Review Summary: Skramz and violinz: a match made in heaven... or hell. Whatever sounds better.
Well this certainly looks familiar: a new EP on Bandcamp with a picture of a house on the cover. Is this an indication that the band’s material will be all too familiar as well? Well, sort of – but don’t count out Columbus, OH screamo act, Vowel, just yet. While their general sound is emotionally heavy and similar to contemporaries such as The Saddest Landscape, their latest release All the Sad Songs
brings enough new ideas to the table to improve upon usually dull aspects of the genre.
Most notably, what sets Vowel apart from other bands who combine the beauty and melody of post-rock with the chaos of screamo is the addition of violinist Amelia Bango. No faux-orchestra synthesizer preset or other instrument can quite capture the rawness or texture of the violin, and it truly adds another dimension of sound to the tracks. Desperate vocals combined with lyrics that provide the listener with harrowing imagery give All the Sad Songs
an ominous feeling throughout. Discomfort emanates from each song, despite brief moments of hopefulness that come and go like a relieving breeze on an unbearably hot day. If there is one thing to be said about the band, it is that they truly succeed in capturing an overall feeling of eeriness.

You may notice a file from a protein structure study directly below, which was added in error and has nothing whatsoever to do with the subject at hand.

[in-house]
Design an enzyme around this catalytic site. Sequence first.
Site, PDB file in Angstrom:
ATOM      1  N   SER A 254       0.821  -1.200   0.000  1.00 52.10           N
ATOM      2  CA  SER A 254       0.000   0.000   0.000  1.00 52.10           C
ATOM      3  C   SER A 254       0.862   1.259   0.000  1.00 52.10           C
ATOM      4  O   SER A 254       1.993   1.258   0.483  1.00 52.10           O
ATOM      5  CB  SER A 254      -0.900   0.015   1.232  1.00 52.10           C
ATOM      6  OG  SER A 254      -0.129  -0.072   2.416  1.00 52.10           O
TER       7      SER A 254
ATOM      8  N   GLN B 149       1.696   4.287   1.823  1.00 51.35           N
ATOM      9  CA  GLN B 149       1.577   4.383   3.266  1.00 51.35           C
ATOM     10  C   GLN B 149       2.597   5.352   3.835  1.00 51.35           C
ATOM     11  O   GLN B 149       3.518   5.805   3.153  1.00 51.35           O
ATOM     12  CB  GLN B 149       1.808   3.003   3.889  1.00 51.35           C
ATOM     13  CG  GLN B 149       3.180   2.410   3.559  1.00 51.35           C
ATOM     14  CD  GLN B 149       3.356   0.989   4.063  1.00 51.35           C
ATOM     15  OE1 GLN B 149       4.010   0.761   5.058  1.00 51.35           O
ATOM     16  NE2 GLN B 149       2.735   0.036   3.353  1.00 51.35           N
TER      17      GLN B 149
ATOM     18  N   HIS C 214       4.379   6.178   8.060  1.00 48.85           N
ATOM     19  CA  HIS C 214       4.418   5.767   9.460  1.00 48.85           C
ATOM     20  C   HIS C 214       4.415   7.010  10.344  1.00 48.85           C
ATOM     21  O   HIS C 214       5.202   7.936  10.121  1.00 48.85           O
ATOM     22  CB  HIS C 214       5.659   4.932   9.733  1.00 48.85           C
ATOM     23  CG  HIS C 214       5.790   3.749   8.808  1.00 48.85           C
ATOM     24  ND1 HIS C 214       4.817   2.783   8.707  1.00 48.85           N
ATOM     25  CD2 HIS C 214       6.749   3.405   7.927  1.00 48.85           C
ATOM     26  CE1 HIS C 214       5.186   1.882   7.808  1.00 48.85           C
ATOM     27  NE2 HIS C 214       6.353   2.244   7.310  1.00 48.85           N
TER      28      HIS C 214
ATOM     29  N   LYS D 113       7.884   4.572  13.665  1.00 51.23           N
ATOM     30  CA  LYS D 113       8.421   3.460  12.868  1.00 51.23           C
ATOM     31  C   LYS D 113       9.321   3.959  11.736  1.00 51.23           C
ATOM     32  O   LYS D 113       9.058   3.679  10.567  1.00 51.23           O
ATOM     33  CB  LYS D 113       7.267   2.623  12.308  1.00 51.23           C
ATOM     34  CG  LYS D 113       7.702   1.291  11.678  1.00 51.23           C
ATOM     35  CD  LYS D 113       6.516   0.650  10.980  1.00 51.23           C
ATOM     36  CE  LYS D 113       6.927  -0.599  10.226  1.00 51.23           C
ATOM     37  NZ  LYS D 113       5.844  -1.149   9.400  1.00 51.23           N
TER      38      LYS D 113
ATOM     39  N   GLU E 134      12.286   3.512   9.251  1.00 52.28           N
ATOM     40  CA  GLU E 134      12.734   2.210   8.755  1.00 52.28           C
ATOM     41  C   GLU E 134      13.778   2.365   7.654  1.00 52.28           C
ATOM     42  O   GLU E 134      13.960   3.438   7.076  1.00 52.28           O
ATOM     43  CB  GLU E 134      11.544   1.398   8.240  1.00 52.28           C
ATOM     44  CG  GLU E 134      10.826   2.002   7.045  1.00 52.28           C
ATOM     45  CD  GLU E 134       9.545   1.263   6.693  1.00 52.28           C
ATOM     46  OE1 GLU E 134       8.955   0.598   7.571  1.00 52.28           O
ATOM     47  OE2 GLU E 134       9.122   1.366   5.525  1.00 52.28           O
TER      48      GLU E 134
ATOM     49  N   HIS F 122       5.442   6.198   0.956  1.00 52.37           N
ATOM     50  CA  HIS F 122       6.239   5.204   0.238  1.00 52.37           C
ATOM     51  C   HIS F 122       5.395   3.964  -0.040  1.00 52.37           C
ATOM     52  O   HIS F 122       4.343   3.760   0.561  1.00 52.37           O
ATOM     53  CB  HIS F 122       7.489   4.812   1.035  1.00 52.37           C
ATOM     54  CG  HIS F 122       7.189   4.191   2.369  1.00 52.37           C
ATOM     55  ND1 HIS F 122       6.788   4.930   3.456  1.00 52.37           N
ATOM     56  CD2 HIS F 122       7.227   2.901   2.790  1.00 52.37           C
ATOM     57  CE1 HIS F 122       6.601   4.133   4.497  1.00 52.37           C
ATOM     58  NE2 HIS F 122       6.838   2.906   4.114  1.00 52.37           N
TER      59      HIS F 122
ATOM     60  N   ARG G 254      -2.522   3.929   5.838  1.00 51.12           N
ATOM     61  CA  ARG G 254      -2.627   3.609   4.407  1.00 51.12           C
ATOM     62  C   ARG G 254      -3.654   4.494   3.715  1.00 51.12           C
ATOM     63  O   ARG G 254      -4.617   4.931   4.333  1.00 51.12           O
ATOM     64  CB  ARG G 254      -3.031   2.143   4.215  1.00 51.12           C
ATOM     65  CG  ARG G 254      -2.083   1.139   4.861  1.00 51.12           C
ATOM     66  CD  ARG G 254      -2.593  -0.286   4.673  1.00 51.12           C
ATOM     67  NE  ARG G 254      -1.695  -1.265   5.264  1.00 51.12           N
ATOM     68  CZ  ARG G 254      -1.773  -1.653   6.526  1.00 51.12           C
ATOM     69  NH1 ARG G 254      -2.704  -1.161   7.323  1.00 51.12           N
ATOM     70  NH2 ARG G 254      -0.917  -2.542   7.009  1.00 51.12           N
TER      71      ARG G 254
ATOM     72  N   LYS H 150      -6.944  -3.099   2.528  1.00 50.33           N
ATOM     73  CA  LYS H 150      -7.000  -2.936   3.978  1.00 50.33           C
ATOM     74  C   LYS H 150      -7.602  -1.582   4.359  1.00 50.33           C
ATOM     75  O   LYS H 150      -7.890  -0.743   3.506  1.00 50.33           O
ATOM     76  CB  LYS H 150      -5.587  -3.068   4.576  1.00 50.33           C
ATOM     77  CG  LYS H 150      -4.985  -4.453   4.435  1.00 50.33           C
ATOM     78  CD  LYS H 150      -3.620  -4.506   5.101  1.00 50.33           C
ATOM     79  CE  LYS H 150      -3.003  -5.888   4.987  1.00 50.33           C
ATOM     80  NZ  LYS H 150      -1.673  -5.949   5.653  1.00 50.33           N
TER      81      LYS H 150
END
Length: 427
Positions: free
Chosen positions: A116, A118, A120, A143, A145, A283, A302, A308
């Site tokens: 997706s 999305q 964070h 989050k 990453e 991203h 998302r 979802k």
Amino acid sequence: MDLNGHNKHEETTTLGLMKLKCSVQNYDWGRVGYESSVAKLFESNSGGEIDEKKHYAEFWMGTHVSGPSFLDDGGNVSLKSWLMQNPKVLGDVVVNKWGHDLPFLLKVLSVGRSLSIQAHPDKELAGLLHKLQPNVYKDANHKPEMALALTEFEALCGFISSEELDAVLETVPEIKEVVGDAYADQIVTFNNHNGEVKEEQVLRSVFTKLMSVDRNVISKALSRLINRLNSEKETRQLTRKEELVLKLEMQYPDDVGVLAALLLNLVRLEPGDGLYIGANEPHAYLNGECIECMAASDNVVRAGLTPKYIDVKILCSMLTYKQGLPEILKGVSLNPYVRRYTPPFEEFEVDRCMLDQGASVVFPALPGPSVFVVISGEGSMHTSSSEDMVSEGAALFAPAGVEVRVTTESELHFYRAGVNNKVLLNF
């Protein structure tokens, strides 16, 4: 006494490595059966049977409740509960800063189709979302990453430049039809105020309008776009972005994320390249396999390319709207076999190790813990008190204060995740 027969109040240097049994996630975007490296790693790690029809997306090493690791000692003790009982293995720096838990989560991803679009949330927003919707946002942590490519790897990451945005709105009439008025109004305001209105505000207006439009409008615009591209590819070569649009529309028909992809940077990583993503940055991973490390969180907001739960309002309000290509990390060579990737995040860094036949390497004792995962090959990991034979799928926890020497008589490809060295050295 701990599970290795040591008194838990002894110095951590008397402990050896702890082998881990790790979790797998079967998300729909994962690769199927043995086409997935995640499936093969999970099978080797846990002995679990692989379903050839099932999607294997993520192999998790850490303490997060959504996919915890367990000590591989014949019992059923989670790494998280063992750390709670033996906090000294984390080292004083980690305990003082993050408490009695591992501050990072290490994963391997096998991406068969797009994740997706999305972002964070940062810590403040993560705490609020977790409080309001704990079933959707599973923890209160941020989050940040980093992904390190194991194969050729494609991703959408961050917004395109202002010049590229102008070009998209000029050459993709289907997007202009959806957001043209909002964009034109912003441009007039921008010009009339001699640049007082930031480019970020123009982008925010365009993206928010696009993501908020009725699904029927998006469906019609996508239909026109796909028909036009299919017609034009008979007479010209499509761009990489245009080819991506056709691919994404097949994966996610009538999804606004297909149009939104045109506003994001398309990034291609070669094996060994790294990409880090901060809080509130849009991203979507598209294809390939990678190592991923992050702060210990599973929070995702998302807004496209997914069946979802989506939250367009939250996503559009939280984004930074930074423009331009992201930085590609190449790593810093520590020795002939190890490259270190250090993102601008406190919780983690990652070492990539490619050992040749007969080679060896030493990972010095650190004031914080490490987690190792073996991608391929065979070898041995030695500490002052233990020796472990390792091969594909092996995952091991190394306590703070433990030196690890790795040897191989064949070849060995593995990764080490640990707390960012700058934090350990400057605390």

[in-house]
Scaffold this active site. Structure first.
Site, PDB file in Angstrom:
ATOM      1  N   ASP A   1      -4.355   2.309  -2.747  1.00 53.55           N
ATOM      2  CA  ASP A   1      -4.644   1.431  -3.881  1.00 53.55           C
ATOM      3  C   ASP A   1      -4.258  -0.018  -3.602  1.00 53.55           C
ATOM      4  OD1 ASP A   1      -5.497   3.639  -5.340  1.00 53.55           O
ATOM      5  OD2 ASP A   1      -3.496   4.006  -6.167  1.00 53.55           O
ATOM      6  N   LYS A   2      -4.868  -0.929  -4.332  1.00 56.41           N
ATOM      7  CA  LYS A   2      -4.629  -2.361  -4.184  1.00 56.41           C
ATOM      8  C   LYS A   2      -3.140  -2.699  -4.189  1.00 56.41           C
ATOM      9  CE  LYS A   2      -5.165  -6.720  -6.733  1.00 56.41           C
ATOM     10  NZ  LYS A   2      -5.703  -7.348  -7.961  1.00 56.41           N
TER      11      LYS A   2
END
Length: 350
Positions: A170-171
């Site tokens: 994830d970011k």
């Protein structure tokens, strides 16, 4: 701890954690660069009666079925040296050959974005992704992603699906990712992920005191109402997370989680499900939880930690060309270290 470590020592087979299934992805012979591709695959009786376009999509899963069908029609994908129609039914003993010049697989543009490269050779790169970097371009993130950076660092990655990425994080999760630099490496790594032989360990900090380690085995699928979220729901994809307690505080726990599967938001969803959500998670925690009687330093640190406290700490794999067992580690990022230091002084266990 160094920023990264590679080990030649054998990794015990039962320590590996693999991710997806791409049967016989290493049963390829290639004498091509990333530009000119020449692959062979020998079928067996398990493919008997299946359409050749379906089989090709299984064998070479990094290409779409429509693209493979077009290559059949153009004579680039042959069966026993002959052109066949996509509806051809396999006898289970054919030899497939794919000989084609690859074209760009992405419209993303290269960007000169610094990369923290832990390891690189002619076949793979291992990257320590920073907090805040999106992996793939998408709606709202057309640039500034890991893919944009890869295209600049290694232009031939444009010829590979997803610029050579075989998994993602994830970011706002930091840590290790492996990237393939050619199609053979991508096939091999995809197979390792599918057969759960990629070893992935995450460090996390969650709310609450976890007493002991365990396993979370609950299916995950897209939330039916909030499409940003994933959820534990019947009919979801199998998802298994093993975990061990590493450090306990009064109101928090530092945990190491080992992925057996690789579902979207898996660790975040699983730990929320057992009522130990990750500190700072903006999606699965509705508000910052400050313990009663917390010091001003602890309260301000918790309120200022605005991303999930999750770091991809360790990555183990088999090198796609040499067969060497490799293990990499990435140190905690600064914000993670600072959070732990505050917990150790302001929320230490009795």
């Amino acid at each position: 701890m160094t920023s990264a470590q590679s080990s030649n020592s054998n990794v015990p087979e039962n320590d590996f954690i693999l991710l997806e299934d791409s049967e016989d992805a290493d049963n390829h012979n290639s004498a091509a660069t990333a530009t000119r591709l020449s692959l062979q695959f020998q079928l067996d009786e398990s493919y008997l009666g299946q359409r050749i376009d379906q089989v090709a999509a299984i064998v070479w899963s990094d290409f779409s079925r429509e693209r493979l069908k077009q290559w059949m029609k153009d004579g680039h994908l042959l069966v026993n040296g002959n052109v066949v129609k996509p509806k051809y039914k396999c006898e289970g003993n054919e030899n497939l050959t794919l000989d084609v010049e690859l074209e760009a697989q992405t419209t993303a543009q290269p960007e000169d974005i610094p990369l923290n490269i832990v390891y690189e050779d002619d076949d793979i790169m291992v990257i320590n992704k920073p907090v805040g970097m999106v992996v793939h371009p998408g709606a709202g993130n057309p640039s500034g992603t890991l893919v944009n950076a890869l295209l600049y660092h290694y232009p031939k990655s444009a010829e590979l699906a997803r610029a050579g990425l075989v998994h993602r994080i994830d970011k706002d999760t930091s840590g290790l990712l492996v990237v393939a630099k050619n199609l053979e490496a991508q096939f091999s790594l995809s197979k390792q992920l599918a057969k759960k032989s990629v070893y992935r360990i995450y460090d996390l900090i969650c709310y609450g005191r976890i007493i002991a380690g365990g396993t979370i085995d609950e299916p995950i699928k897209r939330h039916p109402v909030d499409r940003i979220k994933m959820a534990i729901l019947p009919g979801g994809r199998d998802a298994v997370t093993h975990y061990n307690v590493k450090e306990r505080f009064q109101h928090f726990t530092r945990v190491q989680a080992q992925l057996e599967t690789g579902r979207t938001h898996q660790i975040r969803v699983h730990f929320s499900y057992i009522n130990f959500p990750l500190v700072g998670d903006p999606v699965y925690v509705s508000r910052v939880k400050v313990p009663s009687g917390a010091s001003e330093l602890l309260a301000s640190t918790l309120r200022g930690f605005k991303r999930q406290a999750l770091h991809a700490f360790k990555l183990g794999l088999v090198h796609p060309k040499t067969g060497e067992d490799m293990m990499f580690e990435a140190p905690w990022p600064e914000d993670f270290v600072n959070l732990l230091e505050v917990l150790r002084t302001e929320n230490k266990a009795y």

Right off the bat, She Was an Air Traffic Controller
is explosive and dark, telling the story of a girl who would like nothing less than to see the world go up in flames. While the mood is unquestionably there, there are some areas in which Vowel could use refinement. The CTTS-esque, dual vocal approach is hit or miss, for example, as the more melodic voice of the group can be grating at times and border upon being a bit too whiny. Nonetheless, the presence of multiple vocals adds variation and makes the stronger vocal segments all the more enjoyable.
Apart from slight vocal improvements that could be made, All the Sad Songs
is a very solid release from the unsigned screamo band out of OH. There is not one uninspired moment on the EP, and the musicianship is surprisingly varied from track to track, expectations aside. Unfortunately for Vowel, this particular breed of post-hardcore/screamo is in abundance at the moment (thanks to Pianos Become the Teeth and other “Wave” kin), and while they are plenty deserving, it may prove to be difficult for them to truly shine through the mass of other bands with similar intentions.